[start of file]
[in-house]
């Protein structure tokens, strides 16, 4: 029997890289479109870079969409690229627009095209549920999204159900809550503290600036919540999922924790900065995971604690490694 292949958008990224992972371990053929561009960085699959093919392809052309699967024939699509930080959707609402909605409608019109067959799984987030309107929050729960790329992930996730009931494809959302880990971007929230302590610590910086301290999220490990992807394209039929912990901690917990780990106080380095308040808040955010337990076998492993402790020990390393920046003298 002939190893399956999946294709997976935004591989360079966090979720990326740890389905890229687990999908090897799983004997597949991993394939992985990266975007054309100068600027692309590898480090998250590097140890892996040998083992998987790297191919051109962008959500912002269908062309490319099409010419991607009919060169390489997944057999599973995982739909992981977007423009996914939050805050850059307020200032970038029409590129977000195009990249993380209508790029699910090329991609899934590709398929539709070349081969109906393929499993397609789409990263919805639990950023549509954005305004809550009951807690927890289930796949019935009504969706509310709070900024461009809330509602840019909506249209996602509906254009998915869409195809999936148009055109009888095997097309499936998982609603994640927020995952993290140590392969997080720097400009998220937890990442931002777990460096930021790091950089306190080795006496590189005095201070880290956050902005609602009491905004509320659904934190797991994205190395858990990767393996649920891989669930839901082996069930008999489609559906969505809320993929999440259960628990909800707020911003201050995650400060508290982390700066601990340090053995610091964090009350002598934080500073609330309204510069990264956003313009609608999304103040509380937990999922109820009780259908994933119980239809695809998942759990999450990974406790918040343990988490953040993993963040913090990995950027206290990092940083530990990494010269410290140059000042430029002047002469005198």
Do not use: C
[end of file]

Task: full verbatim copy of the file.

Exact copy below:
[in-house]
């Protein structure tokens, strides 16, 4: 029997890289479109870079969409690229627009095209549920999204159900809550503290600036919540999922924790900065995971604690490694 292949958008990224992972371990053929561009960085699959093919392809052309699967024939699509930080959707609402909605409608019109067959799984987030309107929050729960790329992930996730009931494809959302880990971007929230302590610590910086301290999220490990992807394209039929912990901690917990780990106080380095308040808040955010337990076998492993402790020990390393920046003298 002939190893399956999946294709997976935004591989360079966090979720990326740890389905890229687990999908090897799983004997597949991993394939992985990266975007054309100068600027692309590898480090998250590097140890892996040998083992998987790297191919051109962008959500912002269908062309490319099409010419991607009919060169390489997944057999599973995982739909992981977007423009996914939050805050850059307020200032970038029409590129977000195009990249993380209508790029699910090329991609899934590709398929539709070349081969109906393929499993397609789409990263919805639990950023549509954005305004809550009951807690927890289930796949019935009504969706509310709070900024461009809330509602840019909506249209996602509906254009998915869409195809999936148009055109009888095997097309499936998982609603994640927020995952993290140590392969997080720097400009998220937890990442931002777990460096930021790091950089306190080795006496590189005095201070880290956050902005609602009491905004509320659904934190797991994205190395858990990767393996649920891989669930839901082996069930008999489609559906969505809320993929999440259960628990909800707020911003201050995650400060508290982390700066601990340090053995610091964090009350002598934080500073609330309204510069990264956003313009609608999304103040509380937990999922109820009780259908994933119980239809695809998942759990999450990974406790918040343990988490953040993993963040913090990995950027206290990092940083530990990494010269410290140059000042430029002047002469005198």
Do not use: C